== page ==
By Scott Martin

Hop, USA, 2011

Directed by Tim Hill

Hop isn't half-bad, according to Scott Martin. For those who know me, it’s no secret that I usually find movies like this a bit deplorable. There’s just something about the live-action/animation hybrid that I can’t ever get behind. Be it Yogi Bear (2010), or the Scooby-Doo movies, or the Alvin and the Chipmunks films, I’m always reminded of the glory days when Roger Rabbit was king. But a lesson I learned from reading Roger Ebert prevails in these situations: you judge the movie for what it is and if it achieves what it set out to achieve. Hop is a film that does just that – it’s sweeter than candy, it’s a kid’s movie through and through, but it has enough in it for adults to enjoy. And the most enjoyable thing about the movie? The comedy isn’t once forced. Yes, there are pop culture references every now and then, but it’s all derived from the situation. And situational comedy is always the best option.

E.B., voiced by Russell Brand, is the son of the Easter Bunny (voiced by Hugh Laurie), and is about to be named as his replacement. Of course, E.B. doesn’t want this; he wants to be a drummer in a rock and roll band. An evil chicken named Carlos, voiced brilliantly by Hank Azaria, wants Easter for his own. Meanwhile, in the human world, Fred O’Hare (James Marsden) is a disappointment to his father, Henry (Gary Cole); he’s a twenty-something loafer who can’t seem to find the right job and needs to move out of his parents’ house. E.B. and Fred meet at just the right time in both their lives. What follows is a film not only about growing up, but growing into yourself in the process.

It isn’t the most intelligent film ever made, nor is it the dumbest. Movies like this, when they succeed, fall right in the middle. Nothing controversial, nothing abhorrent from which to shield children, nothing out of the line of duty at all. Just a sweet film with some off-color jokes for the grown-ups who get dragged to it. Being a grown-up (as much as I can consider myself one), I was looking forward to it, so to each their own, certainly. I’ve always had a fondness for Russell Brand and James Marsden. They’ve each become a specific type of actor. Brand usually gets cast in the funny guy roles, because he’s naturally very funny, but he can also do Shakespeare, and he has an intense dramatic presence when he needs to. Here, on the surface at least, it’s mostly just him riffing and being funny; but, underneath, there is a lot of heart to his performance, and he comes off as genuinely warm. It’s the perfect match for the performance of James Marsden, who does the same thing. That works, as Fred and E.B. are written as essentially the same character – one is just kind of furry and cute.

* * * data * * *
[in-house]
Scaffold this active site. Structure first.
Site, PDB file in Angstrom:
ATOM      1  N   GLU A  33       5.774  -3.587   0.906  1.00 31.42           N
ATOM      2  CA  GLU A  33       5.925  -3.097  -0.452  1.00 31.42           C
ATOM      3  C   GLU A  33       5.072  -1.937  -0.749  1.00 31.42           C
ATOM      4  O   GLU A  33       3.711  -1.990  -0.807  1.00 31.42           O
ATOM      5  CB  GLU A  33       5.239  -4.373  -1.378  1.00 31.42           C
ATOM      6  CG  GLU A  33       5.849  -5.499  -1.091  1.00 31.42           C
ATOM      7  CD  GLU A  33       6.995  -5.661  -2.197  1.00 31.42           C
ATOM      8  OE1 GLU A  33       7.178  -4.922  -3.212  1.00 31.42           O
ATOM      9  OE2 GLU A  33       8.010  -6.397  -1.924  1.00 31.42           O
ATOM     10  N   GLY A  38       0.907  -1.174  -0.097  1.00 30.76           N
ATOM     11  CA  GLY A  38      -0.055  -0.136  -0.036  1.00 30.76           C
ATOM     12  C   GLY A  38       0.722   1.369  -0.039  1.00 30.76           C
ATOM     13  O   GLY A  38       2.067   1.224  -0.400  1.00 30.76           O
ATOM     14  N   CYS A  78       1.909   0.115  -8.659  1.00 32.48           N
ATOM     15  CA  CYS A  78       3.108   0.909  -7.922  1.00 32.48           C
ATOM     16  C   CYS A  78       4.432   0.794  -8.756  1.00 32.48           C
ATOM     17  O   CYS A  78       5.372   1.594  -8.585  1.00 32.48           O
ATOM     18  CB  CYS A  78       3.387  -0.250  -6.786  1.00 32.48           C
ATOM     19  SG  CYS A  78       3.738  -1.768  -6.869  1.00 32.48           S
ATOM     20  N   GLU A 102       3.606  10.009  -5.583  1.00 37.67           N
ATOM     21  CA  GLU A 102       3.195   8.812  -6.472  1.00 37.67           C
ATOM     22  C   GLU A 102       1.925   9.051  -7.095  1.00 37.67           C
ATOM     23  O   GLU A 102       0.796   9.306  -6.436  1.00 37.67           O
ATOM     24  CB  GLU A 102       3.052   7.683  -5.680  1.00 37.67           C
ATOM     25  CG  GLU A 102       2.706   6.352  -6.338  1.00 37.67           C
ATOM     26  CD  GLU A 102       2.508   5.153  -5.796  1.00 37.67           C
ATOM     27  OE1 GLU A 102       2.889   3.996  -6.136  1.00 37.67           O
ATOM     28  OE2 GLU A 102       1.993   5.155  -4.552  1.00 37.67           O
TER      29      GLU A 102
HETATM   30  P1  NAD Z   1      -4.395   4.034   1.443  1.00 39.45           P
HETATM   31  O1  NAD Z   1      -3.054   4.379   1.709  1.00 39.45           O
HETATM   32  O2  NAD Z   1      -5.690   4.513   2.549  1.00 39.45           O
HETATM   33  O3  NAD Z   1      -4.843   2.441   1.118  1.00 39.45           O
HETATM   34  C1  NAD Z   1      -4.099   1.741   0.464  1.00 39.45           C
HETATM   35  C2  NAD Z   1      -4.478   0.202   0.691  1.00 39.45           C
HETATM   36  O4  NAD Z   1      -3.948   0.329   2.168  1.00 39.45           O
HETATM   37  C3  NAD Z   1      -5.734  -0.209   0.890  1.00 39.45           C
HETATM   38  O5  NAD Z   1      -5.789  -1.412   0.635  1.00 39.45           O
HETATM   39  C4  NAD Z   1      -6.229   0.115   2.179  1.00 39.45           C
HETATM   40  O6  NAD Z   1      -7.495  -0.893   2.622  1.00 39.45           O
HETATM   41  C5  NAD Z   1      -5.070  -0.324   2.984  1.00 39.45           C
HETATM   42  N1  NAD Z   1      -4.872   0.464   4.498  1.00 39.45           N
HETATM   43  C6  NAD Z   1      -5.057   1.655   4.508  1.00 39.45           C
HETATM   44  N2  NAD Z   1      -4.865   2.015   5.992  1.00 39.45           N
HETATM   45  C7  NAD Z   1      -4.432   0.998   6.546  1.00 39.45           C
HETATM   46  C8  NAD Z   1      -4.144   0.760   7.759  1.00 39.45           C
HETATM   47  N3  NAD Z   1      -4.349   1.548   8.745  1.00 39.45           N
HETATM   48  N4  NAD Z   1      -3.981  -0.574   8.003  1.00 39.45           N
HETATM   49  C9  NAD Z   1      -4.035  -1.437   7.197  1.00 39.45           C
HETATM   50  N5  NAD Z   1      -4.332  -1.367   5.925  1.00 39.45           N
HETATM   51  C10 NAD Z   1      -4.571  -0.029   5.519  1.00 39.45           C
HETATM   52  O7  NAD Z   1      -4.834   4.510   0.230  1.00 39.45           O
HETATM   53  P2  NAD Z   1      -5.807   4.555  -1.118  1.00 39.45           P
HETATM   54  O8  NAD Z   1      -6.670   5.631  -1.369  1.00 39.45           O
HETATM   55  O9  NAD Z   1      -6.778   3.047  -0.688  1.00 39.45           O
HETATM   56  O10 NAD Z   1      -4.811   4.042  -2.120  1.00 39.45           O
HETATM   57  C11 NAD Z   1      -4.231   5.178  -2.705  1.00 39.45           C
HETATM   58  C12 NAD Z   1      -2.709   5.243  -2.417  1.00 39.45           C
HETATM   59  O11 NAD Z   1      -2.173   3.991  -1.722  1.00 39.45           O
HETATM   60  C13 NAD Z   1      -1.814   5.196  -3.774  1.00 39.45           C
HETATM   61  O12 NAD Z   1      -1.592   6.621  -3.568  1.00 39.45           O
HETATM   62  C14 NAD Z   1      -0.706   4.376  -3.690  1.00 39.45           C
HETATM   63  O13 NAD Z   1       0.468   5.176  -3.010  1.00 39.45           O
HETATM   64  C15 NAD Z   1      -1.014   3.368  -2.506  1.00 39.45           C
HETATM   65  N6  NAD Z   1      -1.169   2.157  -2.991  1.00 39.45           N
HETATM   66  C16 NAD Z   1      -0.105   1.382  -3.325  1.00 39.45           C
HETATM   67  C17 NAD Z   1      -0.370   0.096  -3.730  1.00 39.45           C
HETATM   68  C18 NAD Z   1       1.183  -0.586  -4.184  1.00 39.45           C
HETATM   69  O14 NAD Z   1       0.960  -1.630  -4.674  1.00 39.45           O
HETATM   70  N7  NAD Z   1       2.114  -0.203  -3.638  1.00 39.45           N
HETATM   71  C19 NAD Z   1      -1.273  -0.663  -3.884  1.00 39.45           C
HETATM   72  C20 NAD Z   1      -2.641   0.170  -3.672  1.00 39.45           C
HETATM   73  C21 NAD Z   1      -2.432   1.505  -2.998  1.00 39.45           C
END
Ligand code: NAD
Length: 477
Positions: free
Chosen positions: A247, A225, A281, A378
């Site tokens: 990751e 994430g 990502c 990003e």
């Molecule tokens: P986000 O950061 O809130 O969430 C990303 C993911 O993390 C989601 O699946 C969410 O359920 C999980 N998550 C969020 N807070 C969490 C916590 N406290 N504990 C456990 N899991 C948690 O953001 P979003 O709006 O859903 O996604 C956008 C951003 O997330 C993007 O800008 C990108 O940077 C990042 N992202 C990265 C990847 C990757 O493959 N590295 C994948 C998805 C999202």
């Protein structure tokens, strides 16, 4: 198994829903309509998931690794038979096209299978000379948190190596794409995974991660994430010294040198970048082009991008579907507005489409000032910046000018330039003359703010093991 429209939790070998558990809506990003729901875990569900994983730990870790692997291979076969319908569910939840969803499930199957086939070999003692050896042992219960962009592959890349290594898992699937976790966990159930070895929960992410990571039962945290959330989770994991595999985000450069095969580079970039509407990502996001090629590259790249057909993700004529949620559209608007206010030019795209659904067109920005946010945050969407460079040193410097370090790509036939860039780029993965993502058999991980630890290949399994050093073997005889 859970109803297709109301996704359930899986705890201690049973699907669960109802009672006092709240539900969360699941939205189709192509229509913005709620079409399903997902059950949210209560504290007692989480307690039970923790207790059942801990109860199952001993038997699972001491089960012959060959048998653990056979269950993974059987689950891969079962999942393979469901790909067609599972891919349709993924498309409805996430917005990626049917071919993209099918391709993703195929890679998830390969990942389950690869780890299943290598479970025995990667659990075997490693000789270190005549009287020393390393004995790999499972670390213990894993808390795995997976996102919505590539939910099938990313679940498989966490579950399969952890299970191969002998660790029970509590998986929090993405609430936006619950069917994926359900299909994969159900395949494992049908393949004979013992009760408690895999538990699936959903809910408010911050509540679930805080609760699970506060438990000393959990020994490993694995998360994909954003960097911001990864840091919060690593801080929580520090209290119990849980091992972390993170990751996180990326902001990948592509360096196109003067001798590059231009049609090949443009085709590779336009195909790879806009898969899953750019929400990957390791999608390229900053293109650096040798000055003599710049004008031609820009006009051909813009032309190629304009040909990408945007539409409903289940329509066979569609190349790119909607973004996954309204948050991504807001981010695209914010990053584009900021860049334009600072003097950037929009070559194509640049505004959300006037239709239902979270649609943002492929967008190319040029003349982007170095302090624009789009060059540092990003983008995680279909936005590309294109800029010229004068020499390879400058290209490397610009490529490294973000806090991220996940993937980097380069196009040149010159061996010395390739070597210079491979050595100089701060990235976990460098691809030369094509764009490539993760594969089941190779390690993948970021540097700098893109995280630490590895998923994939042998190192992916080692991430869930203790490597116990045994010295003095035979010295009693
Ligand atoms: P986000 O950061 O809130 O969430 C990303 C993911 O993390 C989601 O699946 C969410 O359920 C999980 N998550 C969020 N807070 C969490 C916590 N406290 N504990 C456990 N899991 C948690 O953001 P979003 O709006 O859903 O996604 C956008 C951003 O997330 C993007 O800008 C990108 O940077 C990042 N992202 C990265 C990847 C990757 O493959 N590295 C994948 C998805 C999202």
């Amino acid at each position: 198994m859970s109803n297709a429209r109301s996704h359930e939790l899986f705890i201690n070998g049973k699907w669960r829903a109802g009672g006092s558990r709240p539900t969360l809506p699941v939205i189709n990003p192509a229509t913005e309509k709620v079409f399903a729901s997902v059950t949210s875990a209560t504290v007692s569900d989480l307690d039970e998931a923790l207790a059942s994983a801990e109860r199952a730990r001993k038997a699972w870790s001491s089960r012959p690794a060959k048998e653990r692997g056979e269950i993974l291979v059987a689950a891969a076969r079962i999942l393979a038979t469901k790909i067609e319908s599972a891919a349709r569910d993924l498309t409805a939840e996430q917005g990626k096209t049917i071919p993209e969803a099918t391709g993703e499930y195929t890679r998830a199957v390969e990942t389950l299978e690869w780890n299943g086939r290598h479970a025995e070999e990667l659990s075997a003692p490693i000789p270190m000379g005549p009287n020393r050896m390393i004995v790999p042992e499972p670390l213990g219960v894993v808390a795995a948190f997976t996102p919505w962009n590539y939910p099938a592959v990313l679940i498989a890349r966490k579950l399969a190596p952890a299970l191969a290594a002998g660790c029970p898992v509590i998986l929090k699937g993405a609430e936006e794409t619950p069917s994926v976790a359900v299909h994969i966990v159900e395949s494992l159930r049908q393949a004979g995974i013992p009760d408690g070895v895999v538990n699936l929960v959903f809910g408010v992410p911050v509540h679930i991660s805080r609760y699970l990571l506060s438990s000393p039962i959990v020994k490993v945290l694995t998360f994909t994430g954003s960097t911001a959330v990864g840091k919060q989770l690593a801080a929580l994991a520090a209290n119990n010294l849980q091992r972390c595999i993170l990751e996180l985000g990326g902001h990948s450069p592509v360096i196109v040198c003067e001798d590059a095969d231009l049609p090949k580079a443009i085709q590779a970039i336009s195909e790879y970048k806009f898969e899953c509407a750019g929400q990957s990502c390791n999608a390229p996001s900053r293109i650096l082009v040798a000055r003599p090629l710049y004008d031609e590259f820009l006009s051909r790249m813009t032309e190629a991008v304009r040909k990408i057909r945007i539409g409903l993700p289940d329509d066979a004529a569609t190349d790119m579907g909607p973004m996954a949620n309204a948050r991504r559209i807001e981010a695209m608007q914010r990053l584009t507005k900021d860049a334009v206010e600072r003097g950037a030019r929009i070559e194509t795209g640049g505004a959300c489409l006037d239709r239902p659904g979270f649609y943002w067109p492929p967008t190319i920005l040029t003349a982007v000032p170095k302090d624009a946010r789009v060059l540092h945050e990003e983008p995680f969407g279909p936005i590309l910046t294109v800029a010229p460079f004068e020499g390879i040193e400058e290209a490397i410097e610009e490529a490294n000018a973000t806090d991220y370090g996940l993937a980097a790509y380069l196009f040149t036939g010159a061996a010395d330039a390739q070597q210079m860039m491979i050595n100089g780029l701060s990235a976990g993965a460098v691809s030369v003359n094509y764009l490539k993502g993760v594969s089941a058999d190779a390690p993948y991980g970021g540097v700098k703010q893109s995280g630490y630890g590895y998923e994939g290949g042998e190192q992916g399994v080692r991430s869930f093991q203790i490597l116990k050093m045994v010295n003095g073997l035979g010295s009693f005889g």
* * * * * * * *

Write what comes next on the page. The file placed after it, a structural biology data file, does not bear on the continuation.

There isn’t much to the script. Films like this aren’t necessarily ever plot-heavy (remember The Santa Clause?) as they’re meant to hold the attention of five-year-olds across the world. So, the colors wind up being almost distractingly bright and the music curiously bouncy. Our animated characters are full of life and beautifully designed, and our human characters are wide open and boisterous. Lots of big movement, despite not going anywhere in particular.

E.B.’s journey from Easter Island (which is hilarious) takes him to Hollywood, from the Playboy Mansion (it’s not what you think) to David Hasselhoff’s presence. And to be fair, it’s Hasselhoff that makes the movie. In films centered on two characters, especially comedies, it’s the supporting actors and cameos that make the difference. Here, it’s the same thing – Gary Cole is Marsden’s dad, Elizabeth Perkins his mom, and Kaley Cuoco his sister. Hank Azaria is E.B.’s arch nemesis, and Hugh Laurie his father. Each of them has very tiny roles, but each stand out in their own way. Wonderful interaction between all of them, and it’s not like any of them are wasted, either; each of their roles is equally important to the story. So the script succeeds in that aspect.

Looking at this film from a technical perspective, it’s easy to call out the animation as a standout. The animals are as life-like as modern CG allows them to be, and the editing is quick and slick. But what impresses me the most (and I haven’t been impressed about this sort of thing lately) is the integration of the animated characters into the real live world. Even when E.B. cuddles with Fred’s sister (not what you think, either), it’s life-like and the distinction between animation and live-action can be forgotten for a brief moment. The cinematography is clever, and Tim Hill’s direction isn’t once cheap. He knows he has a sickly sweet movie on his hands, and he’s going to milk it for all it’s worth. Mission accomplished. Of course, I now expect no less from the team behind Despicable Me (2010).

Contact the author: ScottMartin@MoviesIDidntGet.com


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